In this process, Hiebert argues first that the believing community has to have the power to discern the interaction between their contextual reality and normative truth beyond missionaries’ and pastors’ judgment (290). Second, Hiebert adds three checkpoints to create a balance between local initiative and universal church that avoids excessive contextualization: the Bible, the Holy Spirit, and a “discerning community” (293). Scott Moreau defines syncretism as “the replacement or dilution of the essential truths of the gospel through the incorporation of non-Christian elements” (Moreau 2000, 924). He highly values the role of the indigenous community in determining whether or not certain beliefs or practices are syncretistic. Moreau states, “The local community must be empowered to biblically evaluate their practices and teachings. Missionaries must learn to trust that indigenous peoples are able to discern God’s leading and trust God to develop and maintain biblically founded and culturally relevant Faith and Praxis in each local context” (Moreau 2000, 924).

In his article “Contextualization without Syncretism,” after asserting that “biblical Christianity is a worldview not a culture,” Rick Brown asserts that “syncretism (as commonly understood) is a parameter of worldview, whereas contextualization is a parameter of enculturation” (Brown 2006, 132-133). He argues that all C1 to C6 categories have some syncretistic elements. Specifically regarding the much discussed C5 category, Brown not only thinks that C5 does not fall into syncretism, but he also considers that it is an effective and “well-contextualized” missional movement (Brown 2006, 133). Also, Rebecca Lewis, as a supporter of the movement, reviews similar movements in history and notes four possible pitfalls:

1.      Inadequate discipleship or insufficient access to Scripture can lead to syncretism.

2.      Attachment to community customs and identity can lead to syncretism and/or conflict with community leaders.

3.      Believers can be pressured to act against their conscience.

4.      Christian leaders can undermine a movement, even unintentionally (Lewis 2010).

Her points need to be addressed by insiders, mission practitioners, and Christian leaders worldwide in order to avoid falling into syncretism.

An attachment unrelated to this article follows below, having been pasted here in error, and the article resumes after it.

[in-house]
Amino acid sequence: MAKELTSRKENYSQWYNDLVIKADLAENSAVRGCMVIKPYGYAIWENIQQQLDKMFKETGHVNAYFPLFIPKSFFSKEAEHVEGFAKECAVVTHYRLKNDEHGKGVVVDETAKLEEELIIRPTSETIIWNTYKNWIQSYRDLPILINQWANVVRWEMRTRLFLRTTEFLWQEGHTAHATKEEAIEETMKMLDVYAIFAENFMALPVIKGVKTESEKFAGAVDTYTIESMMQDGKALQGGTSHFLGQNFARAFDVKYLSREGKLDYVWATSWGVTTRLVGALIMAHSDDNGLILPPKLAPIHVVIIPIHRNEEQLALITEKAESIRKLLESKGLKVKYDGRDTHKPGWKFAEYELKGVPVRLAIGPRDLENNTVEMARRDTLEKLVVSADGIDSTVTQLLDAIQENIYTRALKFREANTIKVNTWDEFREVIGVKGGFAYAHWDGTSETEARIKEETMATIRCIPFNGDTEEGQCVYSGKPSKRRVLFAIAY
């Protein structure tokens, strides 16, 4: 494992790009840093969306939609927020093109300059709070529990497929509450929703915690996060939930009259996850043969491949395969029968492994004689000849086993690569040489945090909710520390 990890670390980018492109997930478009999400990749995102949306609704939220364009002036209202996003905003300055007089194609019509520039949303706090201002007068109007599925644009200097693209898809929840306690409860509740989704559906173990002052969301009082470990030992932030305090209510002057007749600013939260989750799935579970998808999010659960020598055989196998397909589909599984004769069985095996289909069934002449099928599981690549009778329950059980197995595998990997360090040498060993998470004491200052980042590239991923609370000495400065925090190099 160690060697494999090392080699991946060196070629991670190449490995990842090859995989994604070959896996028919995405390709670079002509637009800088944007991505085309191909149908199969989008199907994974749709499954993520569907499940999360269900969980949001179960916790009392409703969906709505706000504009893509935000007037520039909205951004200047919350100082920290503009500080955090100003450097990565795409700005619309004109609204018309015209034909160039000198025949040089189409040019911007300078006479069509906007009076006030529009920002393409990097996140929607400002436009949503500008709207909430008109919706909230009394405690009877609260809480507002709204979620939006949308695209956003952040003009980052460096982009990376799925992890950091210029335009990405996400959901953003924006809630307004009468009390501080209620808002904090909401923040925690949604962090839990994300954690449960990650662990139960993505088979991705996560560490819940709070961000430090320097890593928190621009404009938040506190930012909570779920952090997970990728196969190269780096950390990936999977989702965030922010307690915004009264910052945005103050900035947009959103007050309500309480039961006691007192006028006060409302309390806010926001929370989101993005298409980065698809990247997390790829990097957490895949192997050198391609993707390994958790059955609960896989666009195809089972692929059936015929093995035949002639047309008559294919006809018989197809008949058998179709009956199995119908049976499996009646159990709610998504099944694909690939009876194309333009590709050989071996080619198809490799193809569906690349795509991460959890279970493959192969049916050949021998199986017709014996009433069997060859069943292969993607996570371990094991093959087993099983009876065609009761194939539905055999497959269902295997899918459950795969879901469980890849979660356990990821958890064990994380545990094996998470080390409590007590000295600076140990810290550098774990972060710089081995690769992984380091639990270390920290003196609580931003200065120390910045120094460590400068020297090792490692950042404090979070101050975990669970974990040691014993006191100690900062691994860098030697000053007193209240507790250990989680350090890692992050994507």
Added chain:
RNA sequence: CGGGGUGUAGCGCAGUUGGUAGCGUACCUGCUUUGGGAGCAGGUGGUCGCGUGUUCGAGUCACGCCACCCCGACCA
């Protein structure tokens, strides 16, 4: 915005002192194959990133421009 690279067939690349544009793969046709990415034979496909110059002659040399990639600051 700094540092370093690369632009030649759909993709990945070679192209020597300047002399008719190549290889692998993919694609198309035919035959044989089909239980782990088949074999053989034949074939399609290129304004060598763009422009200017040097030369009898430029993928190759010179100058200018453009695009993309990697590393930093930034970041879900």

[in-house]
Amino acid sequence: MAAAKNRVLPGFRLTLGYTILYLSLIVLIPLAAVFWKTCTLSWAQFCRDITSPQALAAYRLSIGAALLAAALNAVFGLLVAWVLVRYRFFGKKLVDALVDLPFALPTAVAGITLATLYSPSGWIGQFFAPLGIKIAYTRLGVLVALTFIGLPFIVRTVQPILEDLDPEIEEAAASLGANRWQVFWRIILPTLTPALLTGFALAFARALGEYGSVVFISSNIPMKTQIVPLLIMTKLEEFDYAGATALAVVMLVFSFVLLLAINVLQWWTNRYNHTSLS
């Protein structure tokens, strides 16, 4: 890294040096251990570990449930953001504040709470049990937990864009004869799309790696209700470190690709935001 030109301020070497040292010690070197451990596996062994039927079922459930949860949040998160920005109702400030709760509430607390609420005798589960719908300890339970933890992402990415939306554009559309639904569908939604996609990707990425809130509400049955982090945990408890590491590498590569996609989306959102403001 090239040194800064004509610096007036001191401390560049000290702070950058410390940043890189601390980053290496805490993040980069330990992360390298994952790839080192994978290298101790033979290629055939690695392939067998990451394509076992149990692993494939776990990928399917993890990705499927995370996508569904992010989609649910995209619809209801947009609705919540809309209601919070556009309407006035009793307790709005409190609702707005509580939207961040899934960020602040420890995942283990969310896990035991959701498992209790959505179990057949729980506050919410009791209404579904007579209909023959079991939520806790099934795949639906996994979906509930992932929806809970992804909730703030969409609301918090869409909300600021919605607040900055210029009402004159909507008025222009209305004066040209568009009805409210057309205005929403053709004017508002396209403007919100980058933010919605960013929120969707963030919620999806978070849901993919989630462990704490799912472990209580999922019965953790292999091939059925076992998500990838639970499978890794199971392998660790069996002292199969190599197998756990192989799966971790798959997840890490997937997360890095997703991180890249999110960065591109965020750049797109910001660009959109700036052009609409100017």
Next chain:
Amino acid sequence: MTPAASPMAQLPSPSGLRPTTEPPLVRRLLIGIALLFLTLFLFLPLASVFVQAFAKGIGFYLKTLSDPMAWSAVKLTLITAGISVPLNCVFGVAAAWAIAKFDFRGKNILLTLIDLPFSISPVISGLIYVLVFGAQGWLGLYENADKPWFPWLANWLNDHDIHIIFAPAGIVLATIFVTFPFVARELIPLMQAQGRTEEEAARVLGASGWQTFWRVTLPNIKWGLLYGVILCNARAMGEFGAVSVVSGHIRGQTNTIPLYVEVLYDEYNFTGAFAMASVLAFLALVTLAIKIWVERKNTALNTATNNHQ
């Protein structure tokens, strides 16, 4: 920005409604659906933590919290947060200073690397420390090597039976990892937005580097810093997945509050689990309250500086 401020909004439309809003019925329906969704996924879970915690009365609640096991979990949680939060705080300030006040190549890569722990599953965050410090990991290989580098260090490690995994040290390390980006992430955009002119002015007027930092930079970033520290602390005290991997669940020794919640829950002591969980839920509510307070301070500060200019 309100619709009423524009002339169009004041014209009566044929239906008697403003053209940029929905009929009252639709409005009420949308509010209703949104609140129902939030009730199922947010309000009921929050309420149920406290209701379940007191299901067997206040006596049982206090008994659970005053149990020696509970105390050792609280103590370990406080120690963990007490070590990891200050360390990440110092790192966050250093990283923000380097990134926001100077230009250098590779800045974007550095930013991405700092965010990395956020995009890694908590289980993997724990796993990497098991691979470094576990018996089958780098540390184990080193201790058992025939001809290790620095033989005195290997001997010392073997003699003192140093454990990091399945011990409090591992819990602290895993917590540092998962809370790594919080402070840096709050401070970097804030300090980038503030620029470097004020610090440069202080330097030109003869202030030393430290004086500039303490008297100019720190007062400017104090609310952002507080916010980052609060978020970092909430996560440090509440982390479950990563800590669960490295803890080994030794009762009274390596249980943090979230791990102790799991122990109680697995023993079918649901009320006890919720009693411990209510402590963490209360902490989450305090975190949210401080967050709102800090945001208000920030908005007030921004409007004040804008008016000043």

In the situation of Bangladeshi MBBs, who should decide whether certain practices are syncretistic or biblical? How can foreign and local practitioners do an exegesis of the cultural/religious activities and Scripture? Who has the authority to evaluate whether the practices are permissible or not? How can Christians develop new contextualized practices that are rooted both in Bangladeshi soil and in a proper understanding of Scripture? Paul Hiebert’s observations above suggest that indigenous people are better positioned than cultural outsiders to produce critically contextualized faith and practice.

Over the past two decades there have been many conflicts over contextualization differences among MBBs. In Bangladesh, while phenomenologically, as described earlier, there are the four social identity groups Christian, Isai, Isai Muslim, and Muslim, in actuality only two paradigms exist: the “right (moderate) side” and the “left (radical/in) side.” So, for example, Isai Fellowship in Bangladesh (IFB), one of “the right-side” networks in Bangladesh, does not allow the “left side” paradigm because they think the insider movement in Bangladesh confuses both Muslims and Christians, rather than engaging Muslims in biblically sound evangelism (Palash 2014).

Leonard N. Bartlotti, who was a long-term worker in a sensitive context, has responded to the growing concern about the two different paradigms with his “lens” idea (Bartlotti 2013, 150). Using Bartlotti’s nine lenses, this article introduces five paradigms and adds four accompanying categories for clarity (Table 4; detailed in Appendix E). The resulting conglomerate table can explain much about why diverse MBBs take different approaches to their social identity.

In Figure 5, Ahmed (position A) has a more context-based theological view and reinterpreted faith in Isa by his own judgment of Muslim activities. Hasan (B), however, tries to keep within his Christian/Isai boundary for securing freedom for Christians’ religious activities. Rana (C) migrates between the two, depending on his context. Charles Kraft’s view of disconnection between form and meaning can lead to insider missiology, while Hiebert’s view of the closeness between the two is generally agreed upon in moderate evangelical circles (Moreau 2012, 152-153).